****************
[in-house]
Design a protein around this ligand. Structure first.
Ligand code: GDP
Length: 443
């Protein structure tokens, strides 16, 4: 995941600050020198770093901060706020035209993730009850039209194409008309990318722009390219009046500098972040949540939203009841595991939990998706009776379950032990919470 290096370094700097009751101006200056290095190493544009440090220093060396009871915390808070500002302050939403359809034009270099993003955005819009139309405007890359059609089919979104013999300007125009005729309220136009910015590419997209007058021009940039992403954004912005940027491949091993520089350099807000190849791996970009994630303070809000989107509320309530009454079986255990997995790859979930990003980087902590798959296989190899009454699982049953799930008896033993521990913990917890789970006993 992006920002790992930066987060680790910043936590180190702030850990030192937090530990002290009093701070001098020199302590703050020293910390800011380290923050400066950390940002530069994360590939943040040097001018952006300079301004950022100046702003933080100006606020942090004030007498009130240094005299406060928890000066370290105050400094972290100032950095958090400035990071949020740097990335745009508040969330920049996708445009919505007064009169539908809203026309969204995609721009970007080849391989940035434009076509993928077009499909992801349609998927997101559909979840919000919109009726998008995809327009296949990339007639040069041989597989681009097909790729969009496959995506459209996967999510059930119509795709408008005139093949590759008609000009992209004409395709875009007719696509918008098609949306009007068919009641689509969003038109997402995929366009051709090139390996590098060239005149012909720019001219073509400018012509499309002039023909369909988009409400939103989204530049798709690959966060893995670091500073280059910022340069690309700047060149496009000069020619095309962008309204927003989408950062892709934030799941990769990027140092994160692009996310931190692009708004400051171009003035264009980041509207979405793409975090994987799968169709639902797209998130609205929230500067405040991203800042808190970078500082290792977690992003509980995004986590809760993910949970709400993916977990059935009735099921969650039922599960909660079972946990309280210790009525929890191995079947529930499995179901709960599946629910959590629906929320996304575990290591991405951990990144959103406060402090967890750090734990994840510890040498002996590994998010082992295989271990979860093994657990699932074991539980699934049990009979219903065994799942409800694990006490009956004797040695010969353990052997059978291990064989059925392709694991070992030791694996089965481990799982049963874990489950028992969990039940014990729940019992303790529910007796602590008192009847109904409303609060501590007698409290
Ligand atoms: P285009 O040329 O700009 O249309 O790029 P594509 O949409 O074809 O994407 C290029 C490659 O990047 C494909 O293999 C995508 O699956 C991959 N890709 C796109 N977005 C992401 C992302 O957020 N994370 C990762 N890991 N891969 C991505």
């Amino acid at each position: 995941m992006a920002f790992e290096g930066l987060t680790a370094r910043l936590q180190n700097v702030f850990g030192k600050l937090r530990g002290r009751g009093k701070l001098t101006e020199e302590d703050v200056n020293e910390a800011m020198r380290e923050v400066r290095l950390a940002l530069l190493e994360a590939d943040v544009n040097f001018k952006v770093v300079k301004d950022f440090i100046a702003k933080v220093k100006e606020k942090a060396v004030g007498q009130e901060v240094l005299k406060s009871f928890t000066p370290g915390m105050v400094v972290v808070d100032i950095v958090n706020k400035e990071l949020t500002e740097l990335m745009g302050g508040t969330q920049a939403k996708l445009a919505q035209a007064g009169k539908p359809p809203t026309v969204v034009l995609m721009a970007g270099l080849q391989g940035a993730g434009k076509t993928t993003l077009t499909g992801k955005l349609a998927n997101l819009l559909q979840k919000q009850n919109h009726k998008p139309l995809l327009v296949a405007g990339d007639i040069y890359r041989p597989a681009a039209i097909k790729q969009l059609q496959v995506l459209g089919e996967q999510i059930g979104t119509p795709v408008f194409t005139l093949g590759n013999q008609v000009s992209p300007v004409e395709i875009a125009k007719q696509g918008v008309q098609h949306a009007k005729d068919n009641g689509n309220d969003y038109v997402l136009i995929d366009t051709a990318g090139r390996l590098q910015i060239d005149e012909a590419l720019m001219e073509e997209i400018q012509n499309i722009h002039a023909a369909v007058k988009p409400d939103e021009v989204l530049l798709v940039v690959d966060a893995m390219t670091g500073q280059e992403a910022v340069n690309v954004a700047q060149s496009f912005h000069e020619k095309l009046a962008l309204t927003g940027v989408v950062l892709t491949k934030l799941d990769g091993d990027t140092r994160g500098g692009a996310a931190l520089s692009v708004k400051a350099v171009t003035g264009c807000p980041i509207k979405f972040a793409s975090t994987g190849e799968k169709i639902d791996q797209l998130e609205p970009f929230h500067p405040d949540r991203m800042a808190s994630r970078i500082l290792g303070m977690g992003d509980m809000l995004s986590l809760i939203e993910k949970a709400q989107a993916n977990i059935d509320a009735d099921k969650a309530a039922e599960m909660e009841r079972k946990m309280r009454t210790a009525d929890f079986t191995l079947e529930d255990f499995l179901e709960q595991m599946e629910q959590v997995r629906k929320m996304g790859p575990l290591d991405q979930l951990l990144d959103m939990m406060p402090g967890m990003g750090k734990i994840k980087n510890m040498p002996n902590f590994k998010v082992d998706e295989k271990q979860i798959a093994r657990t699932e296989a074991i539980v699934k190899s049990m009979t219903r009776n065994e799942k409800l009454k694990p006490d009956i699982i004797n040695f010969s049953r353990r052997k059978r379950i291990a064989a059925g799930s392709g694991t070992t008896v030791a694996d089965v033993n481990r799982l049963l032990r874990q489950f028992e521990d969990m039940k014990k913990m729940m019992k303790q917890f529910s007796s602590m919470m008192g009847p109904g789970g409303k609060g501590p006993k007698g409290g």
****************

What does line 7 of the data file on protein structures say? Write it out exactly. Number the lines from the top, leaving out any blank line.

């Amino acid at each position: 995941m992006a920002f790992e290096g930066l987060t680790a370094r910043l936590q180190n700097v702030f850990g030192k600050l937090r530990g002290r009751g009093k701070l001098t101006e020199e302590d703050v200056n020293e910390a800011m020198r380290e923050v400066r290095l950390a940002l530069l190493e994360a590939d943040v544009n040097f001018k952006v770093v300079k301004d950022f440090i100046a702003k933080v220093k100006e606020k942090a060396v004030g007498q009130e901060v240094l005299k406060s009871f928890t000066p370290g915390m105050v400094v972290v808070d100032i950095v958090n706020k400035e990071l949020t500002e740097l990335m745009g302050g508040t969330q920049a939403k996708l445009a919505q035209a007064g009169k539908p359809p809203t026309v969204v034009l995609m721009a970007g270099l080849q391989g940035a993730g434009k076509t993928t993003l077009t499909g992801k955005l349609a998927n997101l819009l559909q979840k919000q009850n919109h009726k998008p139309l995809l327009v296949a405007g990339d007639i040069y890359r041989p597989a681009a039209i097909k790729q969009l059609q496959v995506l459209g089919e996967q999510i059930g979104t119509p795709v408008f194409t005139l093949g590759n013999q008609v000009s992209p300007v004409e395709i875009a125009k007719q696509g918008v008309q098609h949306a009007k005729d068919n009641g689509n309220d969003y038109v997402l136009i995929d366009t051709a990318g090139r390996l590098q910015i060239d005149e012909a590419l720019m001219e073509e997209i400018q012509n499309i722009h002039a023909a369909v007058k988009p409400d939103e021009v989204l530049l798709v940039v690959d966060a893995m390219t670091g500073q280059e992403a910022v340069n690309v954004a700047q060149s496009f912005h000069e020619k095309l009046a962008l309204t927003g940027v989408v950062l892709t491949k934030l799941d990769g091993d990027t140092r994160g500098g692009a996310a931190l520089s692009v708004k400051a350099v171009t003035g264009c807000p980041i509207k979405f972040a793409s975090t994987g190849e799968k169709i639902d791996q797209l998130e609205p970009f929230h500067p405040d949540r991203m800042a808190s994630r970078i500082l290792g303070m977690g992003d509980m809000l995004s986590l809760i939203e993910k949970a709400q989107a993916n977990i059935d509320a009735d099921k969650a309530a039922e599960m909660e009841r079972k946990m309280r009454t210790a009525d929890f079986t191995l079947e529930d255990f499995l179901e709960q595991m599946e629910q959590v997995r629906k929320m996304g790859p575990l290591d991405q979930l951990l990144d959103m939990m406060p402090g967890m990003g750090k734990i994840k980087n510890m040498p002996n902590f590994k998010v082992d998706e295989k271990q979860i798959a093994r657990t699932e296989a074991i539980v699934k190899s049990m009979t219903r009776n065994e799942k409800l009454k694990p006490d009956i699982i004797n040695f010969s049953r353990r052997k059978r379950i291990a064989a059925g799930s392709g694991t070992t008896v030791a694996d089965v033993n481990r799982l049963l032990r874990q489950f028992e521990d969990m039940k014990k913990m729940m019992k303790q917890f529910s007796s602590m919470m008192g009847p109904g789970g409303k609060g501590p006993k007698g409290g």